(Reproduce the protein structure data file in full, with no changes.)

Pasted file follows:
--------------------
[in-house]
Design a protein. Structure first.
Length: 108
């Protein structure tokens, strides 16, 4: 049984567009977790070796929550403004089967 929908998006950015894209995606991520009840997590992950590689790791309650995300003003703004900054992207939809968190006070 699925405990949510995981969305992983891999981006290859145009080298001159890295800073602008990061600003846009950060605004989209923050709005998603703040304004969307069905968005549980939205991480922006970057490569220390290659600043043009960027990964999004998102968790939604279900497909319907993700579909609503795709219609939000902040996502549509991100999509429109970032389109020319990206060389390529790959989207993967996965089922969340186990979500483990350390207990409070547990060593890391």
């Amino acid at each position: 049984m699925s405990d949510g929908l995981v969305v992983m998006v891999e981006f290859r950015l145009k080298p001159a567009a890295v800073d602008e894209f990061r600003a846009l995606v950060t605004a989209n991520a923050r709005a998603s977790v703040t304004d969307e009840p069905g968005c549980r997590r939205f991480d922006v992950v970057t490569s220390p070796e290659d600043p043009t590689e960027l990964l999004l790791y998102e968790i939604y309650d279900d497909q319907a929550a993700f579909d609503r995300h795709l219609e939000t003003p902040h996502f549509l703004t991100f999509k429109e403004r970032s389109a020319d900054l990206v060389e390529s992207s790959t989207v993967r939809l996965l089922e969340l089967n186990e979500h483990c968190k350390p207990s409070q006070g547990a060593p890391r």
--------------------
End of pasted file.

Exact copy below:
[in-house]
Design a protein. Structure first.
Length: 108
């Protein structure tokens, strides 16, 4: 049984567009977790070796929550403004089967 929908998006950015894209995606991520009840997590992950590689790791309650995300003003703004900054992207939809968190006070 699925405990949510995981969305992983891999981006290859145009080298001159890295800073602008990061600003846009950060605004989209923050709005998603703040304004969307069905968005549980939205991480922006970057490569220390290659600043043009960027990964999004998102968790939604279900497909319907993700579909609503795709219609939000902040996502549509991100999509429109970032389109020319990206060389390529790959989207993967996965089922969340186990979500483990350390207990409070547990060593890391």
């Amino acid at each position: 049984m699925s405990d949510g929908l995981v969305v992983m998006v891999e981006f290859r950015l145009k080298p001159a567009a890295v800073d602008e894209f990061r600003a846009l995606v950060t605004a989209n991520a923050r709005a998603s977790v703040t304004d969307e009840p069905g968005c549980r997590r939205f991480d922006v992950v970057t490569s220390p070796e290659d600043p043009t590689e960027l990964l999004l790791y998102e968790i939604y309650d279900d497909q319907a929550a993700f579909d609503r995300h795709l219609e939000t003003p902040h996502f549509l703004t991100f999509k429109e403004r970032s389109a020319d900054l990206v060389e390529s992207s790959t989207v993967r939809l996965l089922e969340l089967n186990e979500h483990c968190k350390p207990s409070q006070g547990a060593p890391r």